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Sunday, November 18, 2012

cover of 'The Moon and the Face'

Kyreol and Terje grew up as children together in the Riverworld, but left it many years ago and now live in the Dome City, where Kyreol has trained as a pilot and to travel to other planets and study other peoples. Terje still visits the Riverworld to observe the hunters and their rituals while staying unobserved himself. Terje is beginning another visit to the Riverworld just as Kyreol is about to leave for her first off-world trip, to the planet Xtal. Kyreol's mother, Nara, has some presentiment or dream of danger but doesn't know what exactly will happen or what to do about it; and both trips end up being quite different than anyone expected.

Terje was supposed to be taking his first solo trip to the Riverworld, but due to Nara's concerns he is accompanied by Regny. They are puzzled to see a torch on the river their first night (unusual behavior for the Riverworld hunters and not part of any ritual that Terje or Regny know), and when they draw closer they learn that the Healer is dying, and has yet to name a successor.

Meanwhile, Kyreol is on board a ship en route to Xtal but something goes wrong and the ship crash lands on one of the moons of the water planet Niade. Kyreol miraculously survives the crash; everyone else is dead, except the leader of the expedition who is missing. She sets off to find him, and discovers an empty, colorless city in the sand-swept desert. In her exploring, she meets another solitary alien who appears to be as afraid of her as she is of it; yet somehow they manage some rudimentary communication and explore together until they find an old shuttle dock, which the alien is able to figure out enough to set off a beacon.

Terje is surprised to find himself summoned by the Healer, and gradually discovers that the Healer Icrane, Kyreol's father and Nara's husband, has dreamed of the Dome city and "boats among the stars." He is even aware of those like Regny, who come unobtrusively to watch and study the culture of the Riverwold being careful not to disrupt it or ruin it by introducing technology into it. But then the Healer has a dream of Terje with the great River in one hand and the Moon-Flash in the other, and knows that Terje is to be his successor as Healer (and there is some sense that Terje may be able to unite the world of the River and the Dome). Terje doesn't know how he can possibly do this when he hasn't been trained in the rituals, and he doesn't want to leave the Dome city if it means leaving Kyreol, and yet when the Healer dies he feels compelled to honor Icrane and bury him properly, and slowly discovers that, as Icrane said before he died, "everything is simple"-- and he seems to know what to do.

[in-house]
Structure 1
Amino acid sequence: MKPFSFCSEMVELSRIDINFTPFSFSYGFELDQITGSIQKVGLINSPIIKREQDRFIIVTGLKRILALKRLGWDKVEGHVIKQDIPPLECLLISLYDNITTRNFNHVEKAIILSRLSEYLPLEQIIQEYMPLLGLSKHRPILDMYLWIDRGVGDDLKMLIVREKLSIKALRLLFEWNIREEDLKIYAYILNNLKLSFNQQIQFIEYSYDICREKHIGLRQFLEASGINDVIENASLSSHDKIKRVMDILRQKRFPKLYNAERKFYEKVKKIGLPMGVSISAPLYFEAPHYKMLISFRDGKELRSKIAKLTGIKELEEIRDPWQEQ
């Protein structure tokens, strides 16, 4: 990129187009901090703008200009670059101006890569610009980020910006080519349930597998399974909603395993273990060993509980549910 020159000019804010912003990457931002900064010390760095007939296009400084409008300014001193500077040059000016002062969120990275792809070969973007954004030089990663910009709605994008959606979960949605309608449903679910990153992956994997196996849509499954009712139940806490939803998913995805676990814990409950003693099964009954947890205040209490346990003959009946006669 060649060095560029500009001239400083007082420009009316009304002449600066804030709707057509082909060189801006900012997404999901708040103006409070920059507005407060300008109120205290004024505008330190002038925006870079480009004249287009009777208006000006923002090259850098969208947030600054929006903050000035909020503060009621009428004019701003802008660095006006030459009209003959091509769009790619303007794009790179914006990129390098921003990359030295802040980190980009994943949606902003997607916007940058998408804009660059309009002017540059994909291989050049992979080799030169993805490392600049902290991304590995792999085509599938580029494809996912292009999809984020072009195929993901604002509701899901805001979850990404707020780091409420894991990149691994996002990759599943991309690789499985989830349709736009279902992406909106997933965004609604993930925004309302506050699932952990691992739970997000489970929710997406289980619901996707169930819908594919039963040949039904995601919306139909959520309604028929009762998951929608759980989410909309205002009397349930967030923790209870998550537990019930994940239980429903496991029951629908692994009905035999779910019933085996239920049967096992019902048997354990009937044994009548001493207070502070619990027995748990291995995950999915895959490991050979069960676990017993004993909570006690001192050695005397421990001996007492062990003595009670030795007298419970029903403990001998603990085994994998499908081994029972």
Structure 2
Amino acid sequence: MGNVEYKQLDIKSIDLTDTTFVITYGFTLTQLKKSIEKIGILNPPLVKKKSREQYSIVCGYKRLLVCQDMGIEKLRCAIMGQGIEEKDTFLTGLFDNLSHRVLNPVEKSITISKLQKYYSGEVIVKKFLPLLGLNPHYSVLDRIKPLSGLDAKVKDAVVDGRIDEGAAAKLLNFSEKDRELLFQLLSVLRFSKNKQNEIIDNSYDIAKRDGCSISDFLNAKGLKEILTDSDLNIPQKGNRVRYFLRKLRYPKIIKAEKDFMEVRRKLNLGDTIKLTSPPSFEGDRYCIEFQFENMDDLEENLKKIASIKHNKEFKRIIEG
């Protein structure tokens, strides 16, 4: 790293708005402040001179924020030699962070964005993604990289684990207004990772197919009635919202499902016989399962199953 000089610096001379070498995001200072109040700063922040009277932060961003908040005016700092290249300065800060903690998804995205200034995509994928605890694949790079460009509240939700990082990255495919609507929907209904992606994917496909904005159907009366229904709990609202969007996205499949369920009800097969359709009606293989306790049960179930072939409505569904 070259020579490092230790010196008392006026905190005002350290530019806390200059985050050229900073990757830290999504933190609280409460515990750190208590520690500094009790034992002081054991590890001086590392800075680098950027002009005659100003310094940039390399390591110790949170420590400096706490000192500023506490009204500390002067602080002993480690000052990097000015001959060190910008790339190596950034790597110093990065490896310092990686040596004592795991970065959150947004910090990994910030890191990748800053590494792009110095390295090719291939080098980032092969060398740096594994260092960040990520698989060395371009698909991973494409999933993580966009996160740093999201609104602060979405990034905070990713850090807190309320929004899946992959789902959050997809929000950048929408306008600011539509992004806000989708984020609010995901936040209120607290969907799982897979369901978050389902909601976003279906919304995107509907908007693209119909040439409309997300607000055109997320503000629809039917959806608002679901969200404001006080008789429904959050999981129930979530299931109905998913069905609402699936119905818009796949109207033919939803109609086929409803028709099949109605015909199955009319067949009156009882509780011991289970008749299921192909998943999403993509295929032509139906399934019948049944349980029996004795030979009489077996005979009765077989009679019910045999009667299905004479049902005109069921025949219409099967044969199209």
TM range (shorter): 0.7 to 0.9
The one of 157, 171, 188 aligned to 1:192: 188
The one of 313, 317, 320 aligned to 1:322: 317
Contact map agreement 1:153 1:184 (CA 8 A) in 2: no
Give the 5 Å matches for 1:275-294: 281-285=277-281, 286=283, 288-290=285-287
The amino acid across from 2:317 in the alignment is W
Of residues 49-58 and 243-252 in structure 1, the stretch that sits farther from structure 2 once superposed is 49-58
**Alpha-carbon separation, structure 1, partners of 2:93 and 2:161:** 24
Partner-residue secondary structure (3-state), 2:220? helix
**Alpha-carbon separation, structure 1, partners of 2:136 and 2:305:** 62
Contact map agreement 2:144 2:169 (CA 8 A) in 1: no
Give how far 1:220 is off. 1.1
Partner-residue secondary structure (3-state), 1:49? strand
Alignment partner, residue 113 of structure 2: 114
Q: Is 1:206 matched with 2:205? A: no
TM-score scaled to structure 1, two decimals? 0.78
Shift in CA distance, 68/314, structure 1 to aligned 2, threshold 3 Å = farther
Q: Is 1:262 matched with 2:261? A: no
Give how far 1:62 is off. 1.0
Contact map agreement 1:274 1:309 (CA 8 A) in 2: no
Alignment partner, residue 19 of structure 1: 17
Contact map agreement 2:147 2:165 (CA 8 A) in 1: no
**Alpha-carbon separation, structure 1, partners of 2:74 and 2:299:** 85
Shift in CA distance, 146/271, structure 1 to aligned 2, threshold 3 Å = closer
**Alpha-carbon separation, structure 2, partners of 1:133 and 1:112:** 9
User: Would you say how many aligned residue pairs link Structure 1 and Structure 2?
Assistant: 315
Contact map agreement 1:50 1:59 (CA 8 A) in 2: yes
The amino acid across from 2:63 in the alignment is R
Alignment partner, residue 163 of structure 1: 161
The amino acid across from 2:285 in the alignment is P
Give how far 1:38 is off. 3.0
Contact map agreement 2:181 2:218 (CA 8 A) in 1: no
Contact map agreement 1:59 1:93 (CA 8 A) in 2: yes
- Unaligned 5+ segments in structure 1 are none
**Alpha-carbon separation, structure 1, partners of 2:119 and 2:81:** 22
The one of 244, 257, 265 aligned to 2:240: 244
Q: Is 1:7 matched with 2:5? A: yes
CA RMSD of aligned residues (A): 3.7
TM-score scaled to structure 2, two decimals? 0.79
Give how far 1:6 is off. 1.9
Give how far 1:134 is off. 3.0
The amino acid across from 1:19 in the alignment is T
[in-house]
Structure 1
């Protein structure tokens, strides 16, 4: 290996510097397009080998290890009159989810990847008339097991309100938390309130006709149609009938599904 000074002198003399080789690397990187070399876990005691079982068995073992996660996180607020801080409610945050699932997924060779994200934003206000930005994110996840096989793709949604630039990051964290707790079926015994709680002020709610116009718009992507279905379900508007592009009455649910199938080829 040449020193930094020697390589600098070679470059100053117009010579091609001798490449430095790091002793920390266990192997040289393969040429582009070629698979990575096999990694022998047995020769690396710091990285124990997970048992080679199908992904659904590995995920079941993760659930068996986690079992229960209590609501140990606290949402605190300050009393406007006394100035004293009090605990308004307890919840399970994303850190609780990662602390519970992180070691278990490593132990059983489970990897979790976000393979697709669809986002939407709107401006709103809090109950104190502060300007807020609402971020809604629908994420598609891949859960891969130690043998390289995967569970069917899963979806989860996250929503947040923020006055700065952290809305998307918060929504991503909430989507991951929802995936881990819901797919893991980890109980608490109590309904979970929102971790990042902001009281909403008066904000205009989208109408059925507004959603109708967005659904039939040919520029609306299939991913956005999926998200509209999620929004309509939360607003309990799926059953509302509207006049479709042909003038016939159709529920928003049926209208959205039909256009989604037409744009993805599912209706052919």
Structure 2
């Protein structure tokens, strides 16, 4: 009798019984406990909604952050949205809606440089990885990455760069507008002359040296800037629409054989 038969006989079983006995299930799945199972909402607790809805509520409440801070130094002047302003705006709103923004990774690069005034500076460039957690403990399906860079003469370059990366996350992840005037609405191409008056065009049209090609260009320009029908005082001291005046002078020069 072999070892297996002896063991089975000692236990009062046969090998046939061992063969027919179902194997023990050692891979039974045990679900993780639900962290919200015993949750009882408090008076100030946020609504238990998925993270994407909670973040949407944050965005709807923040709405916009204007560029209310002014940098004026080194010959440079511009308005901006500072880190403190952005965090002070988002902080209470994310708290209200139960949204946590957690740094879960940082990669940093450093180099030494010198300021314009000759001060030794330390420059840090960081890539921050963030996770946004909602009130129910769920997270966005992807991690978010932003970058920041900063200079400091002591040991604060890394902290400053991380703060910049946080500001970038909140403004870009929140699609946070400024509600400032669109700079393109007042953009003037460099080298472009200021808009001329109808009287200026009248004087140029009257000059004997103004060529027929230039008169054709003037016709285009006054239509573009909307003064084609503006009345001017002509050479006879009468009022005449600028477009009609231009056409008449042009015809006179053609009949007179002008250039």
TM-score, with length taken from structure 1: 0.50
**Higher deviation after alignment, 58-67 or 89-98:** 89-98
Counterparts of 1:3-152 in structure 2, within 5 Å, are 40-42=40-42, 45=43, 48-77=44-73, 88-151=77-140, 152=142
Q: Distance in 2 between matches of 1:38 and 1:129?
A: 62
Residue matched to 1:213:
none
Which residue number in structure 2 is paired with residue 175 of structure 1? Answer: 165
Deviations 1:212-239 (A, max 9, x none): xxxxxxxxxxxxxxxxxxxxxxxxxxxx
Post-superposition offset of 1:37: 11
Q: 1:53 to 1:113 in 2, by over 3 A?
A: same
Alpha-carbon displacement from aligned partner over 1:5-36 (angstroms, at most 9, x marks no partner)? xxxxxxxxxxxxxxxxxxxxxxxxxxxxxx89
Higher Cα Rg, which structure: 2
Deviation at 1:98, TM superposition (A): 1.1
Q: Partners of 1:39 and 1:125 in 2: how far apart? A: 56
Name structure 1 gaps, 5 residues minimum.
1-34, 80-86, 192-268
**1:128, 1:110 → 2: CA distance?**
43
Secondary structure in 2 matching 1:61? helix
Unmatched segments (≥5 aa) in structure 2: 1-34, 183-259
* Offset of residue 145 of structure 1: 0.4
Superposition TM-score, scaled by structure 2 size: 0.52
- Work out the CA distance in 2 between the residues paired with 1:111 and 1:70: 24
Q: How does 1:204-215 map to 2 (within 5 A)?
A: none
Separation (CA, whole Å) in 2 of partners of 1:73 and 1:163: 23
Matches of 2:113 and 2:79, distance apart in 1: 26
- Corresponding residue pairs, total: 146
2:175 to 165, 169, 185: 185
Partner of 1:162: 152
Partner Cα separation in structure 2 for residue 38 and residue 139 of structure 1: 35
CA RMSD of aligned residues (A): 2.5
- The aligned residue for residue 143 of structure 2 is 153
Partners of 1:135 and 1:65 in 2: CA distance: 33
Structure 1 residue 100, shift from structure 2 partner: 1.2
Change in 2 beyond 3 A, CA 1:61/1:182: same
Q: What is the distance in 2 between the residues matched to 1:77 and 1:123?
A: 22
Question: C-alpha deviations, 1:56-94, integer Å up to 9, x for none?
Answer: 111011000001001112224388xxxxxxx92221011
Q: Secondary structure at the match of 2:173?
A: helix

This brief story has the same lyrical beauty and thoughtfulness that I love in McKillip's writing. Nara and the others have been studying the Riverworld and doing their best to protect it from the technological world they live in, because they think the culture and its rituals are beautiful and precious, but also because they have some sense that the technology and the life of the Dome would destroy or weaken the Healer's dreams. Kyreol is afraid of leaving her home planet because she is afraid of losing herself, or maybe of losing the connection to the Riverworld she left so many years ago, but when she is lost and by herself she dreams of her father Icrane and of Terje and has some sense of what is happening. The Healer has a sense that the river and its rituals are larger and can encompass the wider world, the Dome and the moon and the planets, and there is a moment when it seems that the darkness between planets is another aspect of the river. There are wonderful details in the differences between cultures, too; the alien that Kyreol meets seems to be birdlike in some ways, round and fluffy and a beak, but speaks in a huge range of sounds and clicks, and seems to express emotion by the colors of its three eyes. Kyreol wonders at the lack of color anywhere in the city, but when they find the shuttle she finds a complicated written language or notation that is made up of lines in different colors. Even the cave-dwelling, prescient Xtal that Kyreol was supposed to meet (but never gets to) sound fascinating.

This is apparently a sequel to Moon-Flash, but I haven't read that book yet because it's another older McKillip work that is hard to find. I read this as an ebook borrowed from (some OCR errors throughout, but very few places where I couldn't figure out what the word should be).

Title:The Moon and the Face
Author:Patricia McKillip
Date published:1986
Genre:Science Fiction
Number of pages:83
Notes:read an ebook


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